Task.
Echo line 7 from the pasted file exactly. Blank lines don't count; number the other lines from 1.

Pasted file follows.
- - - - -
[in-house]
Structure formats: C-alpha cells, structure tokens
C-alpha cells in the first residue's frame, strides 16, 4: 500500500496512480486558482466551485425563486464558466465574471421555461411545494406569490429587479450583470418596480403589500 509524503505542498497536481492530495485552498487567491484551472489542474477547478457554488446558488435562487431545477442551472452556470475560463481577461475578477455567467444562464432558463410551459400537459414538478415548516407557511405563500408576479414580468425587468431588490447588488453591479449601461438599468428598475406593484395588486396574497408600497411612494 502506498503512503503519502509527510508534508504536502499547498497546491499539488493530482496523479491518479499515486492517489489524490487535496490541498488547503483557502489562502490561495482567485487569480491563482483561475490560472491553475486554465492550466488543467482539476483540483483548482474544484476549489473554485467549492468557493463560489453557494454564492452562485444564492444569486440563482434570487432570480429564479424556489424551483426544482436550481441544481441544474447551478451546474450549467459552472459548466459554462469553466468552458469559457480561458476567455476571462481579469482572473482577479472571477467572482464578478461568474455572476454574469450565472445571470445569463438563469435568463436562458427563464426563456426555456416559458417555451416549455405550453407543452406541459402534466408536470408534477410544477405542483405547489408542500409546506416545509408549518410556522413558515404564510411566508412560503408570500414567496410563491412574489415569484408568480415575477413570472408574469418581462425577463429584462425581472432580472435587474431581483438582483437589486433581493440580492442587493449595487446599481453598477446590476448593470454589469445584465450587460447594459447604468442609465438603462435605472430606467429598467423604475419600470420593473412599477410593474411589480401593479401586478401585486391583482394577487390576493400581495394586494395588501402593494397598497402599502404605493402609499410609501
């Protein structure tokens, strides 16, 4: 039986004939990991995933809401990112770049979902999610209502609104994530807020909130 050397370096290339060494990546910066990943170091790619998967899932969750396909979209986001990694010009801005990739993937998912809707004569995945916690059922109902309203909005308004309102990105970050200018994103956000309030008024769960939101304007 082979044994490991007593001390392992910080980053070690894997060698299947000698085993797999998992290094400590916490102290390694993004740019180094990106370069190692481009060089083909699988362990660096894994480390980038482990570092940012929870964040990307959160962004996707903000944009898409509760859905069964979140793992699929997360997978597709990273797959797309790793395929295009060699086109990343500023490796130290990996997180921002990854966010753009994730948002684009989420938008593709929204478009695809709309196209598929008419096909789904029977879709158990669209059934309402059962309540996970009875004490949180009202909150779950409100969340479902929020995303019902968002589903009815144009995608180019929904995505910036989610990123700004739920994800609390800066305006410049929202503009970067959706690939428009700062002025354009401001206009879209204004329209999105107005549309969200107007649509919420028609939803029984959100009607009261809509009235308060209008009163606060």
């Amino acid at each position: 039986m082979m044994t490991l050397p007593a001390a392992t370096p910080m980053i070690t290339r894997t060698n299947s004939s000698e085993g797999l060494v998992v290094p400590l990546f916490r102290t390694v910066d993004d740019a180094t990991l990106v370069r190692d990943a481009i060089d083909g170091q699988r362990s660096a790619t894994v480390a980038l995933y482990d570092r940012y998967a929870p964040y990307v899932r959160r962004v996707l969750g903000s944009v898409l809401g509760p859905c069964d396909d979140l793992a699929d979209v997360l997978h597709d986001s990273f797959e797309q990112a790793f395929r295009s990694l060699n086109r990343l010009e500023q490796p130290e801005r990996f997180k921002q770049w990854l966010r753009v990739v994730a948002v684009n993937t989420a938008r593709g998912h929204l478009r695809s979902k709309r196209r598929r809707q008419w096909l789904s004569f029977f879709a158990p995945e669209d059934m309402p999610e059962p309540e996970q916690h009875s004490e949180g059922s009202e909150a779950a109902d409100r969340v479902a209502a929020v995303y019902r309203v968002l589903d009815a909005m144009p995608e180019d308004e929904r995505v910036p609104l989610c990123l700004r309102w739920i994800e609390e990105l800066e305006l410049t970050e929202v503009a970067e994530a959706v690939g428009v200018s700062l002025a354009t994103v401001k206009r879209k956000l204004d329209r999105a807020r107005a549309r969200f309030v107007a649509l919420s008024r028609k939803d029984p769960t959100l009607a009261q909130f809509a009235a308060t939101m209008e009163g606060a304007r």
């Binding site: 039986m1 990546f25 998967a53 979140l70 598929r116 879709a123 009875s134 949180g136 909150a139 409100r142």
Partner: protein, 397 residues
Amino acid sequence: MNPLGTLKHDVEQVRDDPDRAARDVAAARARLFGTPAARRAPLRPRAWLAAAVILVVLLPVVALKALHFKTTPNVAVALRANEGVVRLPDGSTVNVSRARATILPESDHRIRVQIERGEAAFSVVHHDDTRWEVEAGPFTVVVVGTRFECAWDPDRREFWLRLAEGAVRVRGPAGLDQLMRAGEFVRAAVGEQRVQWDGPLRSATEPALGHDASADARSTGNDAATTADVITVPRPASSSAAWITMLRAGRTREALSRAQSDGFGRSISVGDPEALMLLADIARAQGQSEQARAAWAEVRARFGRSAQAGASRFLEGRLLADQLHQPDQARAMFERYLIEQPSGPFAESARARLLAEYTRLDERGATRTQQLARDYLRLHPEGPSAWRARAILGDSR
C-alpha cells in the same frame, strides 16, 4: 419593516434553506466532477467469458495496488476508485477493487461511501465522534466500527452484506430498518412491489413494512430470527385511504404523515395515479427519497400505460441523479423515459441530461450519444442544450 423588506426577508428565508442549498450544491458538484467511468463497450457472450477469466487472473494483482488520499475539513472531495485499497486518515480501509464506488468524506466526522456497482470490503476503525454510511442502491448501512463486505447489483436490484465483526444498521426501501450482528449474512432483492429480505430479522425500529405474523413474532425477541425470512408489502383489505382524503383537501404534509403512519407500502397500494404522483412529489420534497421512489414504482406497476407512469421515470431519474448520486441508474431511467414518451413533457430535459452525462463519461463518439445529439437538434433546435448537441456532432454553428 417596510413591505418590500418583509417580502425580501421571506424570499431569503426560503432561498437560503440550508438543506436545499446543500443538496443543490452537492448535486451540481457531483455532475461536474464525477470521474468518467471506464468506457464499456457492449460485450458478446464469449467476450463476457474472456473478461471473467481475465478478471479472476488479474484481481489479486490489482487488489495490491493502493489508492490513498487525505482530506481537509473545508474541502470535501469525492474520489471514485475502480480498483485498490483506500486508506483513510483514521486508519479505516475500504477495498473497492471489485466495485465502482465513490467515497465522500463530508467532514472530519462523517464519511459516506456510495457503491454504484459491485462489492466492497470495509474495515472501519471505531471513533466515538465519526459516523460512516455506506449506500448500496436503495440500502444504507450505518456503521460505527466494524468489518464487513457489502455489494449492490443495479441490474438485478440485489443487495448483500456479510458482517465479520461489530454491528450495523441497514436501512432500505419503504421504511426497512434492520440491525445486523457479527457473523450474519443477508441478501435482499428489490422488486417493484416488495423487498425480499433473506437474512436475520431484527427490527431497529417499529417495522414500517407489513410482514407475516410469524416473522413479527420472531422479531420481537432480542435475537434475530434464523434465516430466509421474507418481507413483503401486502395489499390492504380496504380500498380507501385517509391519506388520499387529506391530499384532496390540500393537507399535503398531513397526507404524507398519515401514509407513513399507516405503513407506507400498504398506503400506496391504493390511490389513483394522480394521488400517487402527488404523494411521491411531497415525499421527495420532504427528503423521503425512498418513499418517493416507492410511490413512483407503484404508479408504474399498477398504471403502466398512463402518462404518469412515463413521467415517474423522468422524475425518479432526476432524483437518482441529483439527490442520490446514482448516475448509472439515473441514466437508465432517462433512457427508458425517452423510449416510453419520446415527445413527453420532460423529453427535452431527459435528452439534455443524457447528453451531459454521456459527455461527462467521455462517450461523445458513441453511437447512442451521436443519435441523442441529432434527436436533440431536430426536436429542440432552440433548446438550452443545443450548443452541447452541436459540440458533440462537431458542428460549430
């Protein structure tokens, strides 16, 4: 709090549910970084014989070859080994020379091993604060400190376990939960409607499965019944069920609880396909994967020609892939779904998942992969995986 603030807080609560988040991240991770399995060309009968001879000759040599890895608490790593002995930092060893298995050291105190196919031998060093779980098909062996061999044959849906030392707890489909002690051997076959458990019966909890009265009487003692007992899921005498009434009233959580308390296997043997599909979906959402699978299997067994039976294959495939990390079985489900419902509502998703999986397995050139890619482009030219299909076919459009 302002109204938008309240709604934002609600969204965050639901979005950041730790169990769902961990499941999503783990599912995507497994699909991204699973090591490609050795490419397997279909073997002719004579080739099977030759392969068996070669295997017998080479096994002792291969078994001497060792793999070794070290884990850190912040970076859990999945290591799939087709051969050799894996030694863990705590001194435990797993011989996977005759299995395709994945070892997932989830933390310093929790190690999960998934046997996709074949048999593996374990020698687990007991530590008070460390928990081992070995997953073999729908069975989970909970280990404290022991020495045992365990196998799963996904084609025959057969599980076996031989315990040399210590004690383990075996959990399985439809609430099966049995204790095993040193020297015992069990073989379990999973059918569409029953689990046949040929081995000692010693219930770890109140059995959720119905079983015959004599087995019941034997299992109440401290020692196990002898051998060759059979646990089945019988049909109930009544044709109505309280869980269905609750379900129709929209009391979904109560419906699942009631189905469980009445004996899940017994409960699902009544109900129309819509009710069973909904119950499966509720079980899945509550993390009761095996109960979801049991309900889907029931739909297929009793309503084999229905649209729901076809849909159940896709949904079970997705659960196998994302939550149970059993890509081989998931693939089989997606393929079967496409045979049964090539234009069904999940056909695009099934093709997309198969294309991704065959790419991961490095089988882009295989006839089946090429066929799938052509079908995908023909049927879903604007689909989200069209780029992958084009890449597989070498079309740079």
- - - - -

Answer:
Partner: protein, 397 residues